Urology - Oncology, Laparoscopy, General Urology Mischel Neill - BHB MBCHB FRACS - Urology - Oncology, Laparoscopy, General Urology Urology - Oncology, Laparoscopy, General Urology
 
 
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PSA/ Prostate Specific Antigen

Cystoscopy :: Digital Rectal Examn ::  Pathology
PSA :: Radiology :: Urodynamics :: TRUS

Prostate specific antigen is a substance produced almost exclusively by the prostate which plays a minor role in fertility. The vast majority is released into the ejaculate but tiny amounts are released into the blood stream and can be detected by a simple blood test. PSA tends to increase with age and age specific normal values exist. Having a normal PSA does not guarantee that prostate cancer is absent, but makes it less likely.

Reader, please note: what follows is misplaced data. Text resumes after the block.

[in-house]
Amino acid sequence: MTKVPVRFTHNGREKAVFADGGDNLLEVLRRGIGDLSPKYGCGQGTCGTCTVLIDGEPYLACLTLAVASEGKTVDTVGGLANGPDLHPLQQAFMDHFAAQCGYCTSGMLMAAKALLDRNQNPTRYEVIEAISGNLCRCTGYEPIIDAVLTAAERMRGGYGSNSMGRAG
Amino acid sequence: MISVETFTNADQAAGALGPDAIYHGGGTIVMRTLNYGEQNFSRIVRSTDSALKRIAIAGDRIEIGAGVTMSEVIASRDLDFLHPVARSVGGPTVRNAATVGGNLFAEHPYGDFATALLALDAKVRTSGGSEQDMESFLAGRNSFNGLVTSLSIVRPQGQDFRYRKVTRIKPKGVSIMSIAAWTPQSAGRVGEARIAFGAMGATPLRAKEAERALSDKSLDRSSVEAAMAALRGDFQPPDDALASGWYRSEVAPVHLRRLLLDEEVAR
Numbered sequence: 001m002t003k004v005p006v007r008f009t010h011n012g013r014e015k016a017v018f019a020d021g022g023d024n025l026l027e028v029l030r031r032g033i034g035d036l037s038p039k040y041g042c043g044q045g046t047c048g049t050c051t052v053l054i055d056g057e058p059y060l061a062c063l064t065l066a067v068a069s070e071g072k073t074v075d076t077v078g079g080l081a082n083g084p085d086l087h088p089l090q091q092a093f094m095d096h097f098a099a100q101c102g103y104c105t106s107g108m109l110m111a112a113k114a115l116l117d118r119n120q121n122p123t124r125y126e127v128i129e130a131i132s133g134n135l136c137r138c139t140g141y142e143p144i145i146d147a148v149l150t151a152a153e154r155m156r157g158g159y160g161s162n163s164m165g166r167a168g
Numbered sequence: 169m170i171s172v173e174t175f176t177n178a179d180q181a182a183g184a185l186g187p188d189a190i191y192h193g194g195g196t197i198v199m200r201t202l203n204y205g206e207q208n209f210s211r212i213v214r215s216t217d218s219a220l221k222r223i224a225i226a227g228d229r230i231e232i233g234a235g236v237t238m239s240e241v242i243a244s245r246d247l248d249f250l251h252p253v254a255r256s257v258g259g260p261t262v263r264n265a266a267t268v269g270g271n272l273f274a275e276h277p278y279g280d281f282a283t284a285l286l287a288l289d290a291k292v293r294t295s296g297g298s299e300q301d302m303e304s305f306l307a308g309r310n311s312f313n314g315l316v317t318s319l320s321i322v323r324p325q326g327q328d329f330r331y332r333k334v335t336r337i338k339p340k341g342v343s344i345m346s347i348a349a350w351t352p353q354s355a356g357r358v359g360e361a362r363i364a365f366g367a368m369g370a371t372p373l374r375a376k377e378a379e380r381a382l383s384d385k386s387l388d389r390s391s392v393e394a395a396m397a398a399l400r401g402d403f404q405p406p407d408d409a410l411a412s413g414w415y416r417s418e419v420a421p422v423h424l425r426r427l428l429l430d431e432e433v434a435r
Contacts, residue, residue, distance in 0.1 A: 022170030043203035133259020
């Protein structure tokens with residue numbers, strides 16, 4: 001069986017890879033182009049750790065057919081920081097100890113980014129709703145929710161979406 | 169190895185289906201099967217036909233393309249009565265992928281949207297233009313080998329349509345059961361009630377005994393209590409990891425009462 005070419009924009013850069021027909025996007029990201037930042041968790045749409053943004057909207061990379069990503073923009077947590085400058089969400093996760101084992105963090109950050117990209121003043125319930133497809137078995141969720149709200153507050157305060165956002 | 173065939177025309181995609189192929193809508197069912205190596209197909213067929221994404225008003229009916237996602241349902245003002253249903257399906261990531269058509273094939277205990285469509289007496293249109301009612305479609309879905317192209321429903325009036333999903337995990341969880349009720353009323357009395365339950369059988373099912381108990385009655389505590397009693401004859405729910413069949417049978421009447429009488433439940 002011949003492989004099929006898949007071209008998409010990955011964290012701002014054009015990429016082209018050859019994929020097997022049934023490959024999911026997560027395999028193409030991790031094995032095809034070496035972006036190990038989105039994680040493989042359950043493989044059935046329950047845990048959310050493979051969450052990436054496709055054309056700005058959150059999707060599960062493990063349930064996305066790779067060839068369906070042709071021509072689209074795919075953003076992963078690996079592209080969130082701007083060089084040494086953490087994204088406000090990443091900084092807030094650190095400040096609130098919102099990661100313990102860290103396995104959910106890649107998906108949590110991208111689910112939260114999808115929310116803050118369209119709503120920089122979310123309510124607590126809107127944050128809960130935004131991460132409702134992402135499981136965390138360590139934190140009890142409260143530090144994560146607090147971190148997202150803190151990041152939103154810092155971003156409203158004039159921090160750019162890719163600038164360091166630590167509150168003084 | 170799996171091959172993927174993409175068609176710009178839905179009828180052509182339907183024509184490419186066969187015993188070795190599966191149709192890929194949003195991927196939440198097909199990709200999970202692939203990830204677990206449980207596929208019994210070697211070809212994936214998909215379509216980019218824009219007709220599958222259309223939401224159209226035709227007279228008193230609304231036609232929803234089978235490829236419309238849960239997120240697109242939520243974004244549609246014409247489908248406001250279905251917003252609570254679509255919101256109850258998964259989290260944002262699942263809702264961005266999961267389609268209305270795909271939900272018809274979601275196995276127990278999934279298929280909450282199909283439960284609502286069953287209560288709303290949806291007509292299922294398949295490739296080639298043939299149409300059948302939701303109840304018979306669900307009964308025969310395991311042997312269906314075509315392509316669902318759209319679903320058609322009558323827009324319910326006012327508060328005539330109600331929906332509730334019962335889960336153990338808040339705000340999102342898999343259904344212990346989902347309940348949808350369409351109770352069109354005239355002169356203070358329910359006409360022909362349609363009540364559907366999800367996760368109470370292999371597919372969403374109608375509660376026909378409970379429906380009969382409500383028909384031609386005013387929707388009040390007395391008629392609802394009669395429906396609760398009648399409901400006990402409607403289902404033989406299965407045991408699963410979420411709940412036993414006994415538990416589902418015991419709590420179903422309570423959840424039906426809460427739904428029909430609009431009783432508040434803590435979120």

Abnormally high levels of PSA can be an indication of disease of the prostate. Common reasons for a high PSA level in the blood stream may include prostate cancer, benign prostatic hyperplasia (non-cancerous growth), inflammation or infection of the prostate. PSA is used as a screening or case finding test to help detect prostate cancer.

PSA is a useful tool for diagnosing and monitoring prostate diseases, but further tests are required to confirm which condition is present. Following treatment for prostate cancer, it becomes a useful marker for disease recurrence or progression.

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Urology - Oncology, Laparoscopy, General Urology Mischel Neill - BHB MBCHB FRACS Royal Australasian College of Surgeons Urological Society of Australia and New Zealand